A group of students have built a new wetland area for wildlife of all types near a Burnaby creek.
The newly-built wetland is on the south end of the Burnaby campus of BCIT, near Guichon Creek.
It was constructed by students as part of a three-day field course.
“BCIT worked extremely hard over the summer with the faculty to figure out how we were going to deliver a traditionally very hands-on program — like ecological restoration — to the students, and do it in a COVID-19 compliant way,” said Ken Ashley, director of the BCIT Rivers Institute, in a news release.
The hands-on course is part of the Ecological Restoration Degree Program at BCIT.
Students in this class normally go on a field trip to Logan Lake for their hands-on experience in wetland building, restoration or maintenance. But due to the COVID-19 pandemic, the weeklong trip to B.C.’s interior was cancelled.
So Ashley resurrected a plan he’d proposed to BCIT to build a small wetland right on the Burnaby campus, involving staff and students from the School of Construction and the Environment (SOCE) — including Ecological Restoration (ER), Forest and Natural Areas Management (FNAM), and Fish, Wildlife and Recreation (FWR) programs — all working together in collaboration.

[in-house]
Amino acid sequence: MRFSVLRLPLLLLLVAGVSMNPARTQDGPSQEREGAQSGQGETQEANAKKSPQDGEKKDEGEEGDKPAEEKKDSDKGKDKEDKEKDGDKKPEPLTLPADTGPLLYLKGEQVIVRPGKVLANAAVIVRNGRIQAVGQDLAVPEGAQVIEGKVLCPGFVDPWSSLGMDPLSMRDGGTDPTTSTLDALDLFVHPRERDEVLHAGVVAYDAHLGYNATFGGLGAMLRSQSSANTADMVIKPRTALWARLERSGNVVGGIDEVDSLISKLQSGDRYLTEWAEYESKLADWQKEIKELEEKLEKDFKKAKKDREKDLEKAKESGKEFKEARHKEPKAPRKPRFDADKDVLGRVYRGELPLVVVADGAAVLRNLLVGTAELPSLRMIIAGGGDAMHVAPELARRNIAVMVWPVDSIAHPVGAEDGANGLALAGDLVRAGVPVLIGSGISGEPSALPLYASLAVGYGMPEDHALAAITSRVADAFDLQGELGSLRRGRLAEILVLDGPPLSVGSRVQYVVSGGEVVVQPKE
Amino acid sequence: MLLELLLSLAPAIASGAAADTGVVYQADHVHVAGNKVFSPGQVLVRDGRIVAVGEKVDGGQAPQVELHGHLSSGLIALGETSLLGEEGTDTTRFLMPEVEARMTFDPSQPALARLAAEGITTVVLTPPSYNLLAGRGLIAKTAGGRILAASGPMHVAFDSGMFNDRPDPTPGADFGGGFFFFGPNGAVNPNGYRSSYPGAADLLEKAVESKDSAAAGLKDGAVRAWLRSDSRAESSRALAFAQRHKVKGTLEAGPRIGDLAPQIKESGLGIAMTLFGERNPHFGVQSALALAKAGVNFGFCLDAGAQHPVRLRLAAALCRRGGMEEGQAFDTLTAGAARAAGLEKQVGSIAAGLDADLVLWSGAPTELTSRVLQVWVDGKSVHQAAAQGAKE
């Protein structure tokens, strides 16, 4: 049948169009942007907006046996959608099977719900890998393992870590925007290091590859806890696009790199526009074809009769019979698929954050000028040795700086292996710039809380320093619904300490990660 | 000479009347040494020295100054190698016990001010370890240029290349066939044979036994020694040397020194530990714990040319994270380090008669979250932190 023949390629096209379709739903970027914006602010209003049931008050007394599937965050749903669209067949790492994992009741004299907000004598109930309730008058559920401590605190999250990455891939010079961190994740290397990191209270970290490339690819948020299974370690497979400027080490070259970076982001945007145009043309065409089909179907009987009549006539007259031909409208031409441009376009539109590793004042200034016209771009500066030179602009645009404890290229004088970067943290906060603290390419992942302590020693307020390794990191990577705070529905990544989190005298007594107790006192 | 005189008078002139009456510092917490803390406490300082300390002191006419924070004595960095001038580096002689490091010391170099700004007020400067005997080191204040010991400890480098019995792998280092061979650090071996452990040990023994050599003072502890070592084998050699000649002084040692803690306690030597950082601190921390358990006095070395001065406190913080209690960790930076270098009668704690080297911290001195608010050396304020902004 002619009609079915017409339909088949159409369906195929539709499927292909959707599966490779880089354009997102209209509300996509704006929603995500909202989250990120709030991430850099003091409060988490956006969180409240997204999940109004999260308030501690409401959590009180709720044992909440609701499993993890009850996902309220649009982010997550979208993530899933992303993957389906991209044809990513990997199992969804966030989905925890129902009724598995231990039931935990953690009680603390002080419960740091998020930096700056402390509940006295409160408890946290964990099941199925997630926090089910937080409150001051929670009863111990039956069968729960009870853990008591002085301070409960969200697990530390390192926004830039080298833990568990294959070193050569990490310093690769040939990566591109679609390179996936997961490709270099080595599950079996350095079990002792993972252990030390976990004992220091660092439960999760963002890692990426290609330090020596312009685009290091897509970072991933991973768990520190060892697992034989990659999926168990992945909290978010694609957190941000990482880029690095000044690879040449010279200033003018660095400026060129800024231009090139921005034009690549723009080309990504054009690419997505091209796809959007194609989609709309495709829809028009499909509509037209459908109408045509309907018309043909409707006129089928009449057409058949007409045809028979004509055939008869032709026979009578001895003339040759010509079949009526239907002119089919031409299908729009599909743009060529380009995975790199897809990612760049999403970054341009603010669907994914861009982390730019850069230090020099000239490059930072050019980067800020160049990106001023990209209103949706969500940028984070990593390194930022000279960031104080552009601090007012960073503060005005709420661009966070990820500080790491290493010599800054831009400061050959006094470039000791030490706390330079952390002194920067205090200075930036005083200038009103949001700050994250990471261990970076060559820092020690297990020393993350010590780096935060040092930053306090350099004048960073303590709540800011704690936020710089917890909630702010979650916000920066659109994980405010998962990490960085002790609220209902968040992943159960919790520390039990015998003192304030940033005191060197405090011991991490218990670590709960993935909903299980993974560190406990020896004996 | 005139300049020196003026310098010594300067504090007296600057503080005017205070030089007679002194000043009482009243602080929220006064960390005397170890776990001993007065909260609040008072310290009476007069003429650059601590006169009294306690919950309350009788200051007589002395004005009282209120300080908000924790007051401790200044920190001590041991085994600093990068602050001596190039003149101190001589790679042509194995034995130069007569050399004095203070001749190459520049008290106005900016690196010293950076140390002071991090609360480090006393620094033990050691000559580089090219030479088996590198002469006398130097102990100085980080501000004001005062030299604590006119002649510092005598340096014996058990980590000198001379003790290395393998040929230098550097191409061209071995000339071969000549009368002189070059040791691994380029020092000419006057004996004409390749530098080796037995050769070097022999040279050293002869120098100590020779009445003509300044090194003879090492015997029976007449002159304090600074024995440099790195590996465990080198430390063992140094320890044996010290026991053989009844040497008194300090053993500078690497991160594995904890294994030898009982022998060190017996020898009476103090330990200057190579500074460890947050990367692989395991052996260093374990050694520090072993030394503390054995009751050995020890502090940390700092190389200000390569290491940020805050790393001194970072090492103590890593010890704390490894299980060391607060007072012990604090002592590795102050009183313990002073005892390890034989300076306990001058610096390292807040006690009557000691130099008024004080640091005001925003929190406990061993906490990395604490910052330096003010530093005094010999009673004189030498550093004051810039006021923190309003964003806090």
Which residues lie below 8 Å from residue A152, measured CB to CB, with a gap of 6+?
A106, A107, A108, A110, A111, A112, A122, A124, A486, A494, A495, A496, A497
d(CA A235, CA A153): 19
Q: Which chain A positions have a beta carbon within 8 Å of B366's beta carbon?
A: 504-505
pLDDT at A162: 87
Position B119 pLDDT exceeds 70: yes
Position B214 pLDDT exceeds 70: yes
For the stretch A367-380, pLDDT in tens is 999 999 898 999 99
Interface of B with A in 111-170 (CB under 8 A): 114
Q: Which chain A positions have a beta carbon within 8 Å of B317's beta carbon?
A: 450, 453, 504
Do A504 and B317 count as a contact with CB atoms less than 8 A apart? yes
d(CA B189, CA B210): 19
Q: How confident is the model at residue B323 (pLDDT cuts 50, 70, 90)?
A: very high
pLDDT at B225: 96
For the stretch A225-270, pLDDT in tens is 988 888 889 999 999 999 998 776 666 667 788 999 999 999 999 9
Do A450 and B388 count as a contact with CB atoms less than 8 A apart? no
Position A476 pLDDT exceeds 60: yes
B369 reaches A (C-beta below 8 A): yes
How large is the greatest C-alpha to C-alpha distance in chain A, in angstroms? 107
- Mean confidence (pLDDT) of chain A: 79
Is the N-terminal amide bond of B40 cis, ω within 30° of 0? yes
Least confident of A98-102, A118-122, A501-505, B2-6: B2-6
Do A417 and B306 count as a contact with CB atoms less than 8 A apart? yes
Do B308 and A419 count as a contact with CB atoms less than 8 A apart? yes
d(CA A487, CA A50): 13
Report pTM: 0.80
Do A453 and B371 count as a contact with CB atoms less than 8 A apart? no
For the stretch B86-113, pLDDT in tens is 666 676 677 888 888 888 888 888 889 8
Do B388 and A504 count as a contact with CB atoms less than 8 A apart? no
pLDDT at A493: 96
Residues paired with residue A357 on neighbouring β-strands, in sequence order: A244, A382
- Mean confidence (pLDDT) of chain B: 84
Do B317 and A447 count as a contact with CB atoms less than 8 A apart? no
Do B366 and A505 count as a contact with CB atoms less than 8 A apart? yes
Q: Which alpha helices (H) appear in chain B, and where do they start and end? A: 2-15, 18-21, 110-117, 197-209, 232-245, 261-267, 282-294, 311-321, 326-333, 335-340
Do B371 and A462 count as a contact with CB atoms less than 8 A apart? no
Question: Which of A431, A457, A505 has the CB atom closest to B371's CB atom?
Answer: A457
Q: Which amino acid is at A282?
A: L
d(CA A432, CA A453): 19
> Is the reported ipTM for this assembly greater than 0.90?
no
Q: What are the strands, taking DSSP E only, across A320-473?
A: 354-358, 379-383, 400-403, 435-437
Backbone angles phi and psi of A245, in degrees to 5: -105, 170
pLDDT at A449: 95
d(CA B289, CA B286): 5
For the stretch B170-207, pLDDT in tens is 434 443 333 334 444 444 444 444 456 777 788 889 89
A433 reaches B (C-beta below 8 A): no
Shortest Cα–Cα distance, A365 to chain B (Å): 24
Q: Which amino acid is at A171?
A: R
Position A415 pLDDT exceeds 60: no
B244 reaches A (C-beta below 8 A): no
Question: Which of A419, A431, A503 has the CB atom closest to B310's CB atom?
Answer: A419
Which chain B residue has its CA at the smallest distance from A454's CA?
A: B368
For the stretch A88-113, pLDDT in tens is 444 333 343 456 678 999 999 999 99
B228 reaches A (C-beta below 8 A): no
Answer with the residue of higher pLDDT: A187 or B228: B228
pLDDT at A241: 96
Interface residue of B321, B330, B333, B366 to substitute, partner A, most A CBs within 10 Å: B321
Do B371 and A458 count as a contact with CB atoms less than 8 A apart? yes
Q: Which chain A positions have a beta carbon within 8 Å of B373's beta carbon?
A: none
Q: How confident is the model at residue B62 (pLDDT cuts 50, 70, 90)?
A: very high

With support from the BCIT SOCE’s Dean’s Collaborative Student Project Initiative, Ashley’s idea came to life.
There will be educational signage put up for the public to read.
“It will highlight the value of having this unique ‘living lab’— with the forest and Guichon Creek at the South end of campus — and it will allow students to go out and use it,” said Ashley.
Students broke into three teams of about 10 students, tasked with things like moving rocks, monitoring ground water levels, salvaging native plants and pulling out invasive ones, planting seedlings and mapping out the best plan.
And they did it all with COVID-19 safety protocols in place, sanitizing tools like shovels, wearing masks, social distancing, and so on, said BCIT.
“That wetland is going to be there a hundred years from now so it’s pretty satisfying when you make a permanent improvement to the landscape,” said Ashley.